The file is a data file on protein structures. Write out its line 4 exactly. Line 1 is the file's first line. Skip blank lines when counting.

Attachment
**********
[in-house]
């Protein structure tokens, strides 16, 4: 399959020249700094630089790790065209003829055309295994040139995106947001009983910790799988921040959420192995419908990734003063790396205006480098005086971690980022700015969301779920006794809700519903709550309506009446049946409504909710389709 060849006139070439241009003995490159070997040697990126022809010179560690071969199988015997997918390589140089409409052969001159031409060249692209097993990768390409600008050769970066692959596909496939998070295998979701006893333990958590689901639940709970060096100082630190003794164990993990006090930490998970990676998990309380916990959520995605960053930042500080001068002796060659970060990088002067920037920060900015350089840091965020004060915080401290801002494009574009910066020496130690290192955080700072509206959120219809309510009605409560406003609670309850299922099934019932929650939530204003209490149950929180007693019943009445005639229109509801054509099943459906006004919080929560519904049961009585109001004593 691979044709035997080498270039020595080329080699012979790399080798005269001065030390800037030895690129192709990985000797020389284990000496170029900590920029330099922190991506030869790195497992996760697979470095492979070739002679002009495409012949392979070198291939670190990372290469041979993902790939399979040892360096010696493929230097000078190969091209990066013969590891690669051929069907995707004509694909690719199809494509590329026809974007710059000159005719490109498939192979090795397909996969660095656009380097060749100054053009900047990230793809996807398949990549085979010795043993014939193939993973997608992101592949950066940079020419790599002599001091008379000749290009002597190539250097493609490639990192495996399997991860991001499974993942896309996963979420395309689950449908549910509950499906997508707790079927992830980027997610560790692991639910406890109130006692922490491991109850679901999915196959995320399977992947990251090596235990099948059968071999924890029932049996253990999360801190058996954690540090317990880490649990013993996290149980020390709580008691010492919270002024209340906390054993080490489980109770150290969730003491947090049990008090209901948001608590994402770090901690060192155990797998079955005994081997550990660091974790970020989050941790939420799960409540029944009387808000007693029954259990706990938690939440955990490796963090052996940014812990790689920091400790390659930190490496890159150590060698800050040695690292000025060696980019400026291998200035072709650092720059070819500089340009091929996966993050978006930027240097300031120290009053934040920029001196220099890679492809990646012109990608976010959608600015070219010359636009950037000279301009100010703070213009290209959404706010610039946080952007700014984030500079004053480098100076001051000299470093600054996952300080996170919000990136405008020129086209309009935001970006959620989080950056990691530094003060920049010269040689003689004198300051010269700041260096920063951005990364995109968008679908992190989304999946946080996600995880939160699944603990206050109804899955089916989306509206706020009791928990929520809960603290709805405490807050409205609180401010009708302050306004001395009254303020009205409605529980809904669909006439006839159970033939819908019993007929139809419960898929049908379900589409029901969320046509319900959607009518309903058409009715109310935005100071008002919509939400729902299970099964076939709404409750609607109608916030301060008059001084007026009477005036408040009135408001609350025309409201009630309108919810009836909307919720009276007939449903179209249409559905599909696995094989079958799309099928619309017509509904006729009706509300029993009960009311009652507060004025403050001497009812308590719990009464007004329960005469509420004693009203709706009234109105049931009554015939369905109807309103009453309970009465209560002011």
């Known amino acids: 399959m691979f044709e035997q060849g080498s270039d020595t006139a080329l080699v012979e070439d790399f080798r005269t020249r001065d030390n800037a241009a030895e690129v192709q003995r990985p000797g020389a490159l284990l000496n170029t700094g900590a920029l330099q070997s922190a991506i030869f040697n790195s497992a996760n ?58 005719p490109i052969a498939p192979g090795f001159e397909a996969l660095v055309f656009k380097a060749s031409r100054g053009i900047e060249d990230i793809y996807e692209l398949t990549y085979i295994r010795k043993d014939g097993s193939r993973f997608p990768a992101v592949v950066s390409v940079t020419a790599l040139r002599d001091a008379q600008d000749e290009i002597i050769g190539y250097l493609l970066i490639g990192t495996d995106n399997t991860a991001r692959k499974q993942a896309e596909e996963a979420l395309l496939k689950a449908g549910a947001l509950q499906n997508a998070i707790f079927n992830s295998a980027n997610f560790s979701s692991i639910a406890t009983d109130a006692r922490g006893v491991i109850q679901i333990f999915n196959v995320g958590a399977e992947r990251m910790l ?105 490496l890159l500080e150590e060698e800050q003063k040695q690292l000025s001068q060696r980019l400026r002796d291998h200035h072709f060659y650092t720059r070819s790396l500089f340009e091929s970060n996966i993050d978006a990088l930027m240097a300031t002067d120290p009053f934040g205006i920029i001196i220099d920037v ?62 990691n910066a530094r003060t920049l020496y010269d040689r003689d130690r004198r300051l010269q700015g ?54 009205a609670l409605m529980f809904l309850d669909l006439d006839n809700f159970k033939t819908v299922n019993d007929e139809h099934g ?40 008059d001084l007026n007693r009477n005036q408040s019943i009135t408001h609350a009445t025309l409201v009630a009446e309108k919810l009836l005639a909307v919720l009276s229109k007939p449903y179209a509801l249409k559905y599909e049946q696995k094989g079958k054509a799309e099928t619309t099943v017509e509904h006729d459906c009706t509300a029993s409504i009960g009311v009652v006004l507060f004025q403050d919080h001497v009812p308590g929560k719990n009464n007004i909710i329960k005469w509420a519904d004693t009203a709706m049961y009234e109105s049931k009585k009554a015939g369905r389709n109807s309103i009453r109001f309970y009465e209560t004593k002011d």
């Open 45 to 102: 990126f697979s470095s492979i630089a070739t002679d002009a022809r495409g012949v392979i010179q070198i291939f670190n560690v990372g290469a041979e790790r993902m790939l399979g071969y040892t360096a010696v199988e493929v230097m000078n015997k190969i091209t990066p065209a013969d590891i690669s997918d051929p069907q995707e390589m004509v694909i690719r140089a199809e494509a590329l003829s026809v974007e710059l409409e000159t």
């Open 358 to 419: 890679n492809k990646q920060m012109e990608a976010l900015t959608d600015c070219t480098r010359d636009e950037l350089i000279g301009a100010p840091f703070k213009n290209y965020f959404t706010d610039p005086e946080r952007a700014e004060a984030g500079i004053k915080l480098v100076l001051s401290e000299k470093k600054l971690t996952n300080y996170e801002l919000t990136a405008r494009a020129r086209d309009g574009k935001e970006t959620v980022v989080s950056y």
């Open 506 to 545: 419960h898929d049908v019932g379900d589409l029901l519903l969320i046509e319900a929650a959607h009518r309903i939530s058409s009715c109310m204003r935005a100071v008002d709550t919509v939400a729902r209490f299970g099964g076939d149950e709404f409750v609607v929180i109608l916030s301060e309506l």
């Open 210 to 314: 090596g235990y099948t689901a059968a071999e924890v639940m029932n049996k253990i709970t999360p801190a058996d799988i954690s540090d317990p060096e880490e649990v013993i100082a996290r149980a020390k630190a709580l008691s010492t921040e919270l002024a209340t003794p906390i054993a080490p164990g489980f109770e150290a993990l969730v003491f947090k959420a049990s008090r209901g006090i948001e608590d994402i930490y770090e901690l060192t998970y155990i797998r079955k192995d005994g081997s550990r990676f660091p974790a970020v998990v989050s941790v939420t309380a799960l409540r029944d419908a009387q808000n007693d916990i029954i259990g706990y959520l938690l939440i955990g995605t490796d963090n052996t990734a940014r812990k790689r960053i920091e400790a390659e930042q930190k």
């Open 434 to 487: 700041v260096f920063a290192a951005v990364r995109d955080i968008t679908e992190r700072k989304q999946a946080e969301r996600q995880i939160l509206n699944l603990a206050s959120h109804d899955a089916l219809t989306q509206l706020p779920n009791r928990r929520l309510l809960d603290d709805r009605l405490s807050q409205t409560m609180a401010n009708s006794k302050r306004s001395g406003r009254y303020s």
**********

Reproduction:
């Open 45 to 102: 990126f697979s470095s492979i630089a070739t002679d002009a022809r495409g012949v392979i010179q070198i291939f670190n560690v990372g290469a041979e790790r993902m790939l399979g071969y040892t360096a010696v199988e493929v230097m000078n015997k190969i091209t990066p065209a013969d590891i690669s997918d051929p069907q995707e390589m004509v694909i690719r140089a199809e494509a590329l003829s026809v974007e710059l409409e000159t």